A day after the 26-hour surgery that separated their four-year-old conjoined daughters, Jake and Erin Herrin said they were overwhelmed by their reunion with Kendra and Maliyah.
"It was like seeing them born again. They were in brand new bodies," Jake Herrin said. "It was really an amazing experience."
But they were also a bit confused. Since birth Kendra has been the twin on the left when the girls were facing their parents, Maliyah on the right.
But now, cradled in sand-filled hospital beds at Primary Children's Medical Center that reduce pressure on their skin, the girls were reversed.
"That was a little shocking," Erin Herrin said during a news conference at the hospital on Wednesday.
The twins are in critical condition, as expected after major surgery, but their vital signs have remained stable and they show no early signs of dangerous post-surgery infections, doctors said.
"They are doing extremely well," said Rebecka Meyers, coordinator of the separation, which began on Monday morning and concluded on Tuesday.
The twins' parents said nurses have told them the girls' vital signs continue to mirror each other, as if they are still conjoined.
Kendra and Maliyah were originally joined at mid-torso, with some shared organs and just two legs. Doctors divided the twins' shared liver, bladder and a portion of their large intestines, and split and reconstructed their single pelvis.
Each girl kept one leg, and Kendra got their shared kidney. Maliyah was to begin kidney dialysis in preparation for receiving a kidney from her mother in three to six months.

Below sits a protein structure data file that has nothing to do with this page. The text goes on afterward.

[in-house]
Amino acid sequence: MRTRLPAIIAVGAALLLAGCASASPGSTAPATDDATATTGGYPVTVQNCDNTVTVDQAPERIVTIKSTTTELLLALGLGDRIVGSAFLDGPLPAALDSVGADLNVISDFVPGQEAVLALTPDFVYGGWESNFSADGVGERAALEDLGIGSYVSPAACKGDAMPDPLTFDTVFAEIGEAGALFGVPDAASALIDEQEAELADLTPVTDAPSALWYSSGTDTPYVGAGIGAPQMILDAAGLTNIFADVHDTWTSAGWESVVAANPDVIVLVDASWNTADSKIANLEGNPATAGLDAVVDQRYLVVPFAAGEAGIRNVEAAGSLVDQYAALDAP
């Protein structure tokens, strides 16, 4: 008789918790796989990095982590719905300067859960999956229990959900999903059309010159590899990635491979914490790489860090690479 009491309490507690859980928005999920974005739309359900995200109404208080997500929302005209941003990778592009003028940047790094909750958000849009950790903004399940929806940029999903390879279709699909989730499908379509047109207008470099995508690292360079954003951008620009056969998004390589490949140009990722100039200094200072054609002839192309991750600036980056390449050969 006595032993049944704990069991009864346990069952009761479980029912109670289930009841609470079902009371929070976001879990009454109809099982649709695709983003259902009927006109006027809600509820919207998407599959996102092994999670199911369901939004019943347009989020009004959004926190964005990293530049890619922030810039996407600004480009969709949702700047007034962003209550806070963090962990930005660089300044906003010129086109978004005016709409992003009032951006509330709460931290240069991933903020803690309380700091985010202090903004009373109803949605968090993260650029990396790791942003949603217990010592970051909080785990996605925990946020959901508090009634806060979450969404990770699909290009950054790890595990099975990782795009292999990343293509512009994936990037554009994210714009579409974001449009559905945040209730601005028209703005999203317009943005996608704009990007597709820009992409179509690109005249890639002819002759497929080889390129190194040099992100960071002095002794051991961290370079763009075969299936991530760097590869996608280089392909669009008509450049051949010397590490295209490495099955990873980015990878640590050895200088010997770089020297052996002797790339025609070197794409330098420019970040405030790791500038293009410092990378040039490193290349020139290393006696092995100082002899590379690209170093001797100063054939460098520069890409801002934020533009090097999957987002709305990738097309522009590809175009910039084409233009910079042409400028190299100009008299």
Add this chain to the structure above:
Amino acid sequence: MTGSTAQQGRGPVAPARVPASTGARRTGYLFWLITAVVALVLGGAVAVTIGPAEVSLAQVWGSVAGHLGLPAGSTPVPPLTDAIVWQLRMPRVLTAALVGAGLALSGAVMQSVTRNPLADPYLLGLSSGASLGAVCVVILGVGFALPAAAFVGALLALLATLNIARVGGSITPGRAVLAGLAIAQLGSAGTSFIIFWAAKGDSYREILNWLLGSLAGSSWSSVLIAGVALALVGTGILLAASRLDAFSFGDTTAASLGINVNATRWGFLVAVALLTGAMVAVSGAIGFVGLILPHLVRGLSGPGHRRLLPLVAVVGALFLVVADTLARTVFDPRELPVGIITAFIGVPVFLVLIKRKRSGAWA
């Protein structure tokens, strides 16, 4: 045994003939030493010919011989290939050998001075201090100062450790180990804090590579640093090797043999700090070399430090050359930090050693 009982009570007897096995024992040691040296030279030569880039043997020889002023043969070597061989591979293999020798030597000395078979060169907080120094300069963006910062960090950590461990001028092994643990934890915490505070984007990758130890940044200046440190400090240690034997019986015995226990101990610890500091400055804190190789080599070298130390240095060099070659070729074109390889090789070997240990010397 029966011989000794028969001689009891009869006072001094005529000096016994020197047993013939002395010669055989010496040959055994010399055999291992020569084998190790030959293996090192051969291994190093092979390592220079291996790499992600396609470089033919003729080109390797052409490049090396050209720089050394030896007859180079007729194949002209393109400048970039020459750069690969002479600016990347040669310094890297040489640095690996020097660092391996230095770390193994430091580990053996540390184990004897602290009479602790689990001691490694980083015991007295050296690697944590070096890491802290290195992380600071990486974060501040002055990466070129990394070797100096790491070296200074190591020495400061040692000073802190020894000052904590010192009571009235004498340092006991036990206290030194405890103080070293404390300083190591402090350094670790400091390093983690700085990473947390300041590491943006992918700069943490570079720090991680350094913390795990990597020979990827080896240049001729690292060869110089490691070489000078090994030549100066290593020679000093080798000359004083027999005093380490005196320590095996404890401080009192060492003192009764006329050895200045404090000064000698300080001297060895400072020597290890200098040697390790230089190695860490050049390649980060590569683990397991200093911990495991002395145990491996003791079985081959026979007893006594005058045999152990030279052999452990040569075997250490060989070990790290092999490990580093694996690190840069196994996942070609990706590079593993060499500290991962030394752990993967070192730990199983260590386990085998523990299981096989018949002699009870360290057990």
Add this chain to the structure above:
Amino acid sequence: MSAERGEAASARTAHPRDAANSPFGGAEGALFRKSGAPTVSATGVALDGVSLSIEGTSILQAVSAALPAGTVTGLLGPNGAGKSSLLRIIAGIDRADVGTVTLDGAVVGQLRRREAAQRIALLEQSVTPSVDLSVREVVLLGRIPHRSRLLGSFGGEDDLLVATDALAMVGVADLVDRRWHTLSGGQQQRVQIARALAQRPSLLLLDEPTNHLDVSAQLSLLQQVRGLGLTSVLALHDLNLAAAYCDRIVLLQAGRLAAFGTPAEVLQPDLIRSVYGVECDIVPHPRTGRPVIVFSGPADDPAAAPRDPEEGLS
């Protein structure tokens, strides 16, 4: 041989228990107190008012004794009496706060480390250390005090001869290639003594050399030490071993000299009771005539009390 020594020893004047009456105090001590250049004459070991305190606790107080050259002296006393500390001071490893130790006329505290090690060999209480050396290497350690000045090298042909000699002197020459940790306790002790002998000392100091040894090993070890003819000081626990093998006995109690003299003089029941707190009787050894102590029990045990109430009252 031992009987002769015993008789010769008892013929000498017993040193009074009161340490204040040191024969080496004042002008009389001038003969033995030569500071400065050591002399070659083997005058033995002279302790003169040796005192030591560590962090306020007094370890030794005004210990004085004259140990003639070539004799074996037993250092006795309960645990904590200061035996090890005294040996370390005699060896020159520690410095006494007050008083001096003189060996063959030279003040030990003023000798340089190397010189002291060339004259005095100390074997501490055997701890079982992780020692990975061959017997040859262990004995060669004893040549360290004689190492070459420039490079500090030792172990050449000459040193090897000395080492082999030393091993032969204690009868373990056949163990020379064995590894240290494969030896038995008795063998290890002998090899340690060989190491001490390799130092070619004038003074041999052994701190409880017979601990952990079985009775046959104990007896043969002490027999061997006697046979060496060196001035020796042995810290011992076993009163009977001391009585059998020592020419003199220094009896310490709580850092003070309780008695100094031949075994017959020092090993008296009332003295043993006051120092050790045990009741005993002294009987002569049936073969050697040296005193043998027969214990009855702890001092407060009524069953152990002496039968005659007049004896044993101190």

Doctors will now determine when to wean them off pain medications and breathing machines. The girls were expected to remain in intensive care for at least a week, followed by a month in the hospital before doctors consider sending them home.
Nurses twisted the girls' sandy-blond hair into french braids, fastening them with ribbons in the twins' favorite colors -- purple for Kendra and yellow for Maliyah.
"They looked so pretty this morning," Meyers said.
The girls are thought to be the first twins with a shared kidney to be successfully separated.
In most instances, conjoined twins undergo separation between ages six and 12 months, but the Herrins' shared kidney forced a delay.
Doctors expect the girls will need reconstructive surgeries to help fit them for prosthetic legs.
"These girls will never be girls who did not undergo a major separation and have special battles and special needs," Meyers said. "But they will be able to live very good, fulfilling lives."